Explaining 'Attenuation' in Water Hammer in Pipelines

In summary, the conversation discusses the phenomenon of attenuation in pipelines during water hammer events. This is caused by changes in pressure, velocity profiles, and the assumption of fluid homogeneity and continuity. Vaporous cavitation can also occur, where the liquid pressure drops to the vapor pressure and can lead to localized or distributed cavitation. The conversation also mentions the concept of packing, which is defined as an increase in elevation from low to high levels in a pipeline and can occur in two steps. The first step is due to a slope in the water surface, while the second step is due to e-j packing.
  • #1
Who can explain about 'Attenuation' phenomenon in pipelines when water hammer occurs? I mean how it happens.
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  • #2
Water hammer manifests itself as pressure fluctuations in piping systems, as rotational speed variations (overspeed, reverse rotation) in hydraulic machinery or as water level oscillations in surge tanks. The velocity profiles in rapid transients are significantly different from the "steady" profiles in slowly varying transients. Transients in pipelines may cause a drop in pressure large enough to invalidate the assumption of fluid homogeneity and continuity.

The assumption of steady viscous losses may be satisfactory for slow transients where the wall shear stress has a quasi-steady behaviour. Previous investigations of the behaviour of steady friction models for rapid transients showed large discrepancies in attenuation, shape and timing of pressure traces when computational results were compared with measurements. The magnitude of the discrepancies is governed by the flow conditions (severity of transients; laminar, transitional or turbulent flow) and liquid properties (viscosity).

Vaporous cavitation (including column separation) occurs in pipelines when the liquid pressure drops to the vapour pressure of the liquid. The amount of free and/or released gas in the liquid is assumed small. This is usually the case in most parts of the hydroelectric power plant water conveying system (pressure tunnel, penstock). The water hammer wave propagates at a constant speed as long as the pressure is above the vapour pressure. Cavitation may occur as a localized vapour cavity (large void fractions, often leading to a column separation) and/or as distributed vaporous cavitation (small void fractions). A localized (discrete) vapour cavity may form at a boundary (shut-off gate or valve, draft tube of a water turbine), at a high point along the pipe, or at an intermediate section of the pipe (intermediate cavity) if two low-pressure waves meet.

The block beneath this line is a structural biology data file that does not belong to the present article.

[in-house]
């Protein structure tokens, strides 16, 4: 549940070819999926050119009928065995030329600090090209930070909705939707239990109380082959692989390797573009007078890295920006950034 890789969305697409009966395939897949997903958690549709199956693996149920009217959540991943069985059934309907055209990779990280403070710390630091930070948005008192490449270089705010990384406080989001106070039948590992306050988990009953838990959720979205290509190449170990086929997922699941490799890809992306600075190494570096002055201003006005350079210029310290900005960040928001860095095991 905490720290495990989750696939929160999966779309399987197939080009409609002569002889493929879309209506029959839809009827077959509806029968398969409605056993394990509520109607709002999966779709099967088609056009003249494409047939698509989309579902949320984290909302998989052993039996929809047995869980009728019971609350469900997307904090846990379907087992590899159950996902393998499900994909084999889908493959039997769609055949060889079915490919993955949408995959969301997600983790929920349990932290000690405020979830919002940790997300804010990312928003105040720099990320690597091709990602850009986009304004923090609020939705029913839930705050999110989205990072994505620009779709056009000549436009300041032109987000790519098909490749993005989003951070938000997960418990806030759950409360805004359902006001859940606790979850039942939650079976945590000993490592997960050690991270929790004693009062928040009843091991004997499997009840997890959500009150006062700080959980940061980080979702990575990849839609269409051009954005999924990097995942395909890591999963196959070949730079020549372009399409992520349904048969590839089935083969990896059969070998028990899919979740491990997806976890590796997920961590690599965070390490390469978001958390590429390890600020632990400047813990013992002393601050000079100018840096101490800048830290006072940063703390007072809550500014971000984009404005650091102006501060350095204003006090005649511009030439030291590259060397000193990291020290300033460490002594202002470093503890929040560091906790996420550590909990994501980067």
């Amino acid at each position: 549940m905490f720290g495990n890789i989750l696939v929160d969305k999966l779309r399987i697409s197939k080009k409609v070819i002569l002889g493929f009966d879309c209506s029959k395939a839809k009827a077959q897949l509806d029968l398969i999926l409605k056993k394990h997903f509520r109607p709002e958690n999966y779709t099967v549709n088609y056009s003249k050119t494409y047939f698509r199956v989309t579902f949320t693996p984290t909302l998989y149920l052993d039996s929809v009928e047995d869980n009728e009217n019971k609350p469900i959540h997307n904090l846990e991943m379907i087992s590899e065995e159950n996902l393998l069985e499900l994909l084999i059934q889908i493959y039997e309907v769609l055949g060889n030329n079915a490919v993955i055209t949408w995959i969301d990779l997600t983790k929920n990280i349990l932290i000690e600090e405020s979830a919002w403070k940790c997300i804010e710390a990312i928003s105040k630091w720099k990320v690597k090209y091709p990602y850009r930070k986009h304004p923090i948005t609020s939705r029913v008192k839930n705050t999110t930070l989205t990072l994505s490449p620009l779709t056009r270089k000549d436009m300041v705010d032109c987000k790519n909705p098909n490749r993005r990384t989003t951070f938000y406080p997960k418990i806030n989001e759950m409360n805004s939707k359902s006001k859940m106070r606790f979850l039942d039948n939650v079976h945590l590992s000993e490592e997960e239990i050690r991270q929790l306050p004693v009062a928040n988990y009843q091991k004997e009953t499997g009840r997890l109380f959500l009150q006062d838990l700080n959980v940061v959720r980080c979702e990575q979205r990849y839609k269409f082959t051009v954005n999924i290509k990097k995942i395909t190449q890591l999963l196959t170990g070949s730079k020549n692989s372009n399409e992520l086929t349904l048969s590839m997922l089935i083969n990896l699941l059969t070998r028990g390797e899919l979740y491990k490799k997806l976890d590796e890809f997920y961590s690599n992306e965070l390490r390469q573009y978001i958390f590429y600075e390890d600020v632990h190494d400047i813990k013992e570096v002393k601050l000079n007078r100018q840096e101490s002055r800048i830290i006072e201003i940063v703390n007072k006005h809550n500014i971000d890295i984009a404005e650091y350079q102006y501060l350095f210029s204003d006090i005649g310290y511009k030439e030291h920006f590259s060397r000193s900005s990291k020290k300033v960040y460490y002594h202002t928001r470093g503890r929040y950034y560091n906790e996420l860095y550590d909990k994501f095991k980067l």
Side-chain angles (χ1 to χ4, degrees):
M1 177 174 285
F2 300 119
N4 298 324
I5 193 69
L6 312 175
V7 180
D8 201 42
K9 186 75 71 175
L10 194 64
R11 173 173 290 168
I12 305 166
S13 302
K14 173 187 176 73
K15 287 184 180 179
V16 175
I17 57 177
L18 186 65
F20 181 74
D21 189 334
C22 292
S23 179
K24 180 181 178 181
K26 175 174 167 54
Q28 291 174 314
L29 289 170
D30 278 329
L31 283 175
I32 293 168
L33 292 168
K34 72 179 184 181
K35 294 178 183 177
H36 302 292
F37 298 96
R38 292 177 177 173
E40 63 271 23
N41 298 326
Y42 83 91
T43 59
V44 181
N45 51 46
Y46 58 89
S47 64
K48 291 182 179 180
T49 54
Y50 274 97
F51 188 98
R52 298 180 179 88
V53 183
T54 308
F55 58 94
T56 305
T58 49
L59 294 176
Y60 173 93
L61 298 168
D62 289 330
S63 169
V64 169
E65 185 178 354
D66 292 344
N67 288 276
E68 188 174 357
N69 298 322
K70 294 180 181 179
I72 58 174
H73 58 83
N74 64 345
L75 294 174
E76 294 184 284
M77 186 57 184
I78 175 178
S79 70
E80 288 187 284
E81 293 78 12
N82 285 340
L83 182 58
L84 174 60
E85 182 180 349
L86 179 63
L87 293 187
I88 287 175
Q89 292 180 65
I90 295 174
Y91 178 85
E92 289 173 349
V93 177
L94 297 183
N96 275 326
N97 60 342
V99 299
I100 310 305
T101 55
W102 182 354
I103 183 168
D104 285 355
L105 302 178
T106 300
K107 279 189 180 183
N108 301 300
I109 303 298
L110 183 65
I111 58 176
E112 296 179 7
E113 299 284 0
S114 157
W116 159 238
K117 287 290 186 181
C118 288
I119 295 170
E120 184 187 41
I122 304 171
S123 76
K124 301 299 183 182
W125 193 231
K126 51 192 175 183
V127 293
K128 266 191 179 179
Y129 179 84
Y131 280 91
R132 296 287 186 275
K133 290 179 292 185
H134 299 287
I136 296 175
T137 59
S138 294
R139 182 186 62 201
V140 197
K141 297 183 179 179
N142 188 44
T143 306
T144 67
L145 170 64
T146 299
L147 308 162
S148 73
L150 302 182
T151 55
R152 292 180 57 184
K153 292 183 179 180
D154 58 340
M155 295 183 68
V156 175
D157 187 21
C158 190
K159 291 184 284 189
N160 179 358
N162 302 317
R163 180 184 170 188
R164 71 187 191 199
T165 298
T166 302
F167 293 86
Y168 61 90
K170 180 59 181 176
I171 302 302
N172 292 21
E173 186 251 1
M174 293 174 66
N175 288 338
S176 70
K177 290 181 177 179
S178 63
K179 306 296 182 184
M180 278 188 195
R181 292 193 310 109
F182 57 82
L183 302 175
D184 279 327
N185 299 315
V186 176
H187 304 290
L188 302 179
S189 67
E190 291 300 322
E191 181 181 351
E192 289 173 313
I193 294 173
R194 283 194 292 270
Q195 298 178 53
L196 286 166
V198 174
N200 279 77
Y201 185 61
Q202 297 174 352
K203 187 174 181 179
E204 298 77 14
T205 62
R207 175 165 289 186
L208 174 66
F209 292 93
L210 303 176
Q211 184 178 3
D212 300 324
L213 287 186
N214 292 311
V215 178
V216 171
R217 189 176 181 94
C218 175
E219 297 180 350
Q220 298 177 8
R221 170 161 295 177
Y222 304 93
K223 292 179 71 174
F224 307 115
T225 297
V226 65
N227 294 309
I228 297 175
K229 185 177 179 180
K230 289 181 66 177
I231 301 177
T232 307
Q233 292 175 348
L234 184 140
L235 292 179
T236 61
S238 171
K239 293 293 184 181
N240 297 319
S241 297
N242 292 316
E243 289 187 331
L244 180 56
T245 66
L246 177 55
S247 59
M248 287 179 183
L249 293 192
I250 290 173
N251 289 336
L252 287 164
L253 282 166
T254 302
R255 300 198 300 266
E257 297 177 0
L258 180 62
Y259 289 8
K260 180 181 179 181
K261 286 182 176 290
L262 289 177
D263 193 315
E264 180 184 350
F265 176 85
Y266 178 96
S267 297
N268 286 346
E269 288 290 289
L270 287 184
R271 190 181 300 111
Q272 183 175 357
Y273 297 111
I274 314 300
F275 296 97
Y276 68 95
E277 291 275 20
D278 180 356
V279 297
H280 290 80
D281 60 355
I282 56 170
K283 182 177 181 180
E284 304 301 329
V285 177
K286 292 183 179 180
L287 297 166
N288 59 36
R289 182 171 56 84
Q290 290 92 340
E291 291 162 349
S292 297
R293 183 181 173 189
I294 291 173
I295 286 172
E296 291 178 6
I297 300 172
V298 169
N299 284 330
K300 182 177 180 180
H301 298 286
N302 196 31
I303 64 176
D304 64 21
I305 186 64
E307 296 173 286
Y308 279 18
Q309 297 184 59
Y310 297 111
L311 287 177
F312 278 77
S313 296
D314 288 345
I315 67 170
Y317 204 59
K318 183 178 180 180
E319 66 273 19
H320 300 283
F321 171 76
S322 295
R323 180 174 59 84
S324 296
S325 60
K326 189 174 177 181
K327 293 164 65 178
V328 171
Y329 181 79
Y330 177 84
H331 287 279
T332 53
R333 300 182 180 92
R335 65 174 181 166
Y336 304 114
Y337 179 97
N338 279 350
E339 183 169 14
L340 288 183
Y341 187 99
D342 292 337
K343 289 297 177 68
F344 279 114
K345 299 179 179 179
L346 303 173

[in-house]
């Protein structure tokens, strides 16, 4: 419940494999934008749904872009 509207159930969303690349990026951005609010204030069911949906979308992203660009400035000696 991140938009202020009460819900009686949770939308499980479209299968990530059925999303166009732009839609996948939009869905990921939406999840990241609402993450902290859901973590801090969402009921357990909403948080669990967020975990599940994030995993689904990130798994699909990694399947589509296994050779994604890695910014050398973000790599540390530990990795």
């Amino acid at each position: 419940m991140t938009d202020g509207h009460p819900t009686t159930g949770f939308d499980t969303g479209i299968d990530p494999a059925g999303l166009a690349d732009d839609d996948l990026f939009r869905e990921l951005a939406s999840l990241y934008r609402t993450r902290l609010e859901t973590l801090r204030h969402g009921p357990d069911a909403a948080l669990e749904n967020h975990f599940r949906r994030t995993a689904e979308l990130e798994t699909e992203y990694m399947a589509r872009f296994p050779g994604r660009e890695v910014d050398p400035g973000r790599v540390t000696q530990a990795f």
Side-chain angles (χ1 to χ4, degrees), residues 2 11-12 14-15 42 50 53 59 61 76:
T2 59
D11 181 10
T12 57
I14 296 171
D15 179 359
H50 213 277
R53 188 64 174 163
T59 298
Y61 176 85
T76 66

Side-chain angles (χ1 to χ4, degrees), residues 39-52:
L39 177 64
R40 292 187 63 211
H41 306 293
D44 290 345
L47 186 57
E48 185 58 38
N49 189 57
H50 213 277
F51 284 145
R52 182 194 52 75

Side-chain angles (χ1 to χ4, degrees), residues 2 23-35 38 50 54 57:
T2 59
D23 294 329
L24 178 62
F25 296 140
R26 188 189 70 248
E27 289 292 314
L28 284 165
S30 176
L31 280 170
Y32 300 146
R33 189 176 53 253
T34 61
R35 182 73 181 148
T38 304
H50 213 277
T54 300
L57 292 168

• #3
Thank you very much.
I know how cavitation or transient occurs. I want you to focus on 'Attenuation' phenomenon. Is it justified with Newton's third law?

And let me ask here a question about Packing too:
Regarding to what Chaudhry says in his book ('Applied Hydraulic Transients', P. 192 of 1979 edition, Chapter 7, Part 7.2. Definitions) Packing phenomenon will occurs in two steps: a) increasing as d-e and b) increasing as e-j. One of these increasing (d-e) because of 'slope in water surface, ...'. What does this increasing mean? If oil or water or another liquid flows from low level (Z0) to high level (Z1) in a pipeline (elevation of Z0<Z1), then this type of Packing will occur or not? I have not problem with second increasing in packing which occurs because of e-j packing.

Thank you.

1. What is attenuation in water hammer?

Attenuation in water hammer refers to the decrease in the intensity of pressure waves in a pipeline caused by the sudden closure of a valve or pump. It is a result of the energy dissipation and redistribution throughout the pipeline.

2. How does attenuation affect pipelines?

Attenuation can cause significant stress and damage to pipelines if not properly managed. It can lead to pipe bursts, leaks, and other structural failures. It also increases the risk of water hammer events occurring in the future.

3. What factors contribute to attenuation in water hammer?

The main factors that contribute to attenuation in water hammer are the pipe material, diameter, length, and fluid properties. Other factors include the speed of the pressure wave, the valve or pump closure rate, and the presence of air pockets in the pipeline.

4. How can attenuation be reduced in pipelines?

Attenuation in water hammer can be reduced by implementing proper design and operational measures. This includes using proper pipe materials, diameters, and lengths, as well as controlling the valve or pump closure rates. Installing surge protection devices and eliminating air pockets in the pipeline can also help reduce attenuation.

5. What are the consequences of not addressing attenuation in pipelines?

If attenuation in water hammer is not addressed, it can lead to severe damage to pipelines, resulting in costly repairs and potential service disruptions. It can also increase the risk of water hammer events, which can cause further damage and pose safety hazards to workers and the public.

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